<jats:title>Abstract</jats:title><jats:sec><jats:title>Motivation</jats:title><jats:p>Indoles have been shown to play a significant role in cardiometabolic disorders. While some individual bacterial species are known to produce indole-adducts, to our best knowledge no studies have made use of publicly available genome data to identify prokaryotes, specifically those associated with the human gut microbiota, contributing to the indole metabolic network.</jats:p></jats:sec><jats:sec><jats:title>Results</jats:title><jats:p>Here, we propose a computational strategy, comprising the integration of KEGG and BLAST, to identify prokaryote-specific metabolic reactions relevant for the production of indoles, as well as to predict new members of the human gut microbiota potentially involved in these reactions. By identifying relevant prokaryotic species for further validation studies<jats:italic>in vitro</jats:italic>, this strategy represents a useful approach for those interrogating the metabolism of other gut-derived microbial metabolites relevant to human health.</jats:p></jats:sec><jats:sec><jats:title>Availability</jats:title><jats:p>All R scripts and files (gut microbial dataset, FASTA protein sequences, BLASTP output files) are available from<jats:ext-link xmlns:xlink="http://www.w3.org/1999/xlink" ext-link-type="uri" xlink:href="https://github.com/AndreaRMICL/Microbial_networks">https://github.com/AndreaRMICL/Microbial_networks</jats:ext-link>.</jats:p></jats:sec><jats:sec><jats:title>Contact</jats:title><jats:p>ARM:<jats:email>andrea.rodriguez-martinez13@imperial.ac.uk</jats:email>; LH:<jats:email>lesley.hoyles@ntu.ac.uk</jats:email>.</jats:p></jats:sec>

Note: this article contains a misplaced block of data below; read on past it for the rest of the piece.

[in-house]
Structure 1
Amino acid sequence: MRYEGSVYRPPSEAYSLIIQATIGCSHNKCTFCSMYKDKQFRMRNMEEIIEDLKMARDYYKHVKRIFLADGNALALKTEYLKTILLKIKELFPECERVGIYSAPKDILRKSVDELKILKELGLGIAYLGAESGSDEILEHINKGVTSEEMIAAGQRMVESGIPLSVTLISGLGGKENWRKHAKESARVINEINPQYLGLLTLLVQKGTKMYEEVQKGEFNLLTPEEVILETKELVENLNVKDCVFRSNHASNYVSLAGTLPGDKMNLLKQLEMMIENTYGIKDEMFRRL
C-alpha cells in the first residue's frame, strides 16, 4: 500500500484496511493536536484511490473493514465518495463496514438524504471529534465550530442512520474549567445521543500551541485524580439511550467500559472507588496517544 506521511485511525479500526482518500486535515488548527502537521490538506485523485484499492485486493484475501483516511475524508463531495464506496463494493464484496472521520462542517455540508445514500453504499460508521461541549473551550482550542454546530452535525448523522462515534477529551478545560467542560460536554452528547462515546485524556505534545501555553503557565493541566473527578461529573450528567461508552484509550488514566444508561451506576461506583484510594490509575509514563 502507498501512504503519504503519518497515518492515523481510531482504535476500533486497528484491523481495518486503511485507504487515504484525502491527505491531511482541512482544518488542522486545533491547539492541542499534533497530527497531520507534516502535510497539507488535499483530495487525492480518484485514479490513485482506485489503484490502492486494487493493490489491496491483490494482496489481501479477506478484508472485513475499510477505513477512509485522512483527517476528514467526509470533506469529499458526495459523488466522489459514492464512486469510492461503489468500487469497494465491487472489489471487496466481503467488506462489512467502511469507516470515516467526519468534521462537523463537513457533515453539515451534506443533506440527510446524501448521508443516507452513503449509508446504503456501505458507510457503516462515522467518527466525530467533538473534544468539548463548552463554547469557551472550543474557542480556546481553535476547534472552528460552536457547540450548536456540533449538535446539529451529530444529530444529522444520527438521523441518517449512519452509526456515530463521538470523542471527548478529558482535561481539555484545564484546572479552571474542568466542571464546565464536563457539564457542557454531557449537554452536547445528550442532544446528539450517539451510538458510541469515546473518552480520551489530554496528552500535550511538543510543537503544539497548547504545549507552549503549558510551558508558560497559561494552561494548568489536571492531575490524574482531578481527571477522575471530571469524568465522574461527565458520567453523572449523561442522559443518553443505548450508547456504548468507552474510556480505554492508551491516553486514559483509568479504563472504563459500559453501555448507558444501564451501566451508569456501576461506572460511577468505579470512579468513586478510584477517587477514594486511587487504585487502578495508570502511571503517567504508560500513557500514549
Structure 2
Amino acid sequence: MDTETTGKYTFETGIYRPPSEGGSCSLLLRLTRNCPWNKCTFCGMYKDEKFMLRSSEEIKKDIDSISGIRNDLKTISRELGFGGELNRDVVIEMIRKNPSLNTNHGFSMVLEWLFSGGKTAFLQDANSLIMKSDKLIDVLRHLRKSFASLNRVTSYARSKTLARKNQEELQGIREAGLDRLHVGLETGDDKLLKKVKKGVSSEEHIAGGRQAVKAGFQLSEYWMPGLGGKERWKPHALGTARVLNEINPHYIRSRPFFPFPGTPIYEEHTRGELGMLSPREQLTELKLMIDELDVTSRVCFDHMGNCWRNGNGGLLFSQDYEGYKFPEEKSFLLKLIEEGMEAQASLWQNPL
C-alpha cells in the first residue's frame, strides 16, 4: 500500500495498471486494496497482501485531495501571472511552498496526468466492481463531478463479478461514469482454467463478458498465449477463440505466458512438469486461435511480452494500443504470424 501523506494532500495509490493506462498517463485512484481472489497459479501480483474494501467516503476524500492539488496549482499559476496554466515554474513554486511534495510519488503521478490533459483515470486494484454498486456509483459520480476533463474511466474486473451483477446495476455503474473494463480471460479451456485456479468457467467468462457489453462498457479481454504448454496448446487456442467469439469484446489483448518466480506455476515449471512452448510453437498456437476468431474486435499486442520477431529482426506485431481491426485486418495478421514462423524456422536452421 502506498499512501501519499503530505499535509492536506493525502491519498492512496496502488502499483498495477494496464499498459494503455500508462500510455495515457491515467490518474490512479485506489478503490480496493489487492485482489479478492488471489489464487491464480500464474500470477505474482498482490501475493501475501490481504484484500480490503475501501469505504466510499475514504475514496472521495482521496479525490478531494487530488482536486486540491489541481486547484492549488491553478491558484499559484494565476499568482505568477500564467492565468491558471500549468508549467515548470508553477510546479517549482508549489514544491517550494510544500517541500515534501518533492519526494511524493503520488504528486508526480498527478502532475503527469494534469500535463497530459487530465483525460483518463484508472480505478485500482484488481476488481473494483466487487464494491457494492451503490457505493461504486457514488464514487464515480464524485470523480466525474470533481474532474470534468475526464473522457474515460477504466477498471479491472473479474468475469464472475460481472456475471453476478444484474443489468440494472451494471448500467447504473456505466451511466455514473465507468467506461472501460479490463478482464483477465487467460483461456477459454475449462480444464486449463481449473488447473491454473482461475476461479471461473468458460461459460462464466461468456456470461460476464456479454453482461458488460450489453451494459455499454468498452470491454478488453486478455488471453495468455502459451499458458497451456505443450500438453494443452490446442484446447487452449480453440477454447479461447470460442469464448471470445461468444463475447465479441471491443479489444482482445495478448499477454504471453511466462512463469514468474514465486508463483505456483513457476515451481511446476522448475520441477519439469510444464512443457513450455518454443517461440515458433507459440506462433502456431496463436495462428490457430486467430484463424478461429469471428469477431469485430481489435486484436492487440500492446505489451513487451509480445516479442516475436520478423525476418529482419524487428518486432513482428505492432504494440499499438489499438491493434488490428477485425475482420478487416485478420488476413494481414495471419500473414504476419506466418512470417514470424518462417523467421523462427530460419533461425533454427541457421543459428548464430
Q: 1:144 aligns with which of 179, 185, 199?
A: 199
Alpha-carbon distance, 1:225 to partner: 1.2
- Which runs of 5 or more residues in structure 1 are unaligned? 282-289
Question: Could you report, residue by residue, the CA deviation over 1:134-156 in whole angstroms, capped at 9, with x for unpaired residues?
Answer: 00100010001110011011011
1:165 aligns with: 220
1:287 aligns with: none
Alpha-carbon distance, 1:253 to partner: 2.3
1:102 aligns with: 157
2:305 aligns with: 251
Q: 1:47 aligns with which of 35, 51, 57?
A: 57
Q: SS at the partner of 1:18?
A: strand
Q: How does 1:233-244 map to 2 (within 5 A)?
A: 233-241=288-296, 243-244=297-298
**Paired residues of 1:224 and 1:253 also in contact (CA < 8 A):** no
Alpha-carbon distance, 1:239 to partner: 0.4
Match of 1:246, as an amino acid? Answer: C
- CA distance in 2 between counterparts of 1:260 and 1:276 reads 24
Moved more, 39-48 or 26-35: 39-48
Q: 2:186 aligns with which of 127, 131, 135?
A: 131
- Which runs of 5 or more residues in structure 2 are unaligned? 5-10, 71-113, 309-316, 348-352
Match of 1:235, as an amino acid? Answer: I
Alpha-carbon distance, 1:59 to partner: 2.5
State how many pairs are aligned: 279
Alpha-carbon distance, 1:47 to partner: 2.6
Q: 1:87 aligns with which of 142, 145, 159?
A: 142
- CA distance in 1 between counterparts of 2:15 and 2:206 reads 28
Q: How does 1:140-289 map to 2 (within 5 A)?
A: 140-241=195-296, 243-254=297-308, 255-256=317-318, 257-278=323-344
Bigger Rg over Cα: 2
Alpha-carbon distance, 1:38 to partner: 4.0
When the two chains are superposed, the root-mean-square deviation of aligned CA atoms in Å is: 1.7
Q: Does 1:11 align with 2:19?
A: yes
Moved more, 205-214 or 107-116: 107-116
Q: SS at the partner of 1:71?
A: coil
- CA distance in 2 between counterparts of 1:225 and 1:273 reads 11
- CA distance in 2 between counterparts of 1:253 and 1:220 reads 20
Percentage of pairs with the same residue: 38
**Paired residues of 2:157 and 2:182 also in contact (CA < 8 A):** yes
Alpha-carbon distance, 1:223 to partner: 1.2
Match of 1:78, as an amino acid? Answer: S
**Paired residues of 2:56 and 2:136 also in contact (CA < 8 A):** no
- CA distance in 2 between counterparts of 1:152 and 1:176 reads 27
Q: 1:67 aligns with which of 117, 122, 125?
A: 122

Working paper

Dumas M-E, Chilloux J, Myridakis A, Hoyles L, Everard A, Plovier H, Cani P, Brial F, Gauguier D, Smyth D, Zhang L, Liu Pet al., 2018, Microbiome inhibition of IRAK-4 by trimethylamine mediates metabolic and immune benefits in high fat diet-induced insulin resistance, 54th Annual Meeting of the European-Association-for-the-Study-of-Diabetes (EASD), Publisher: SPRINGER, Pages: S267-S268, ISSN: 0012-186X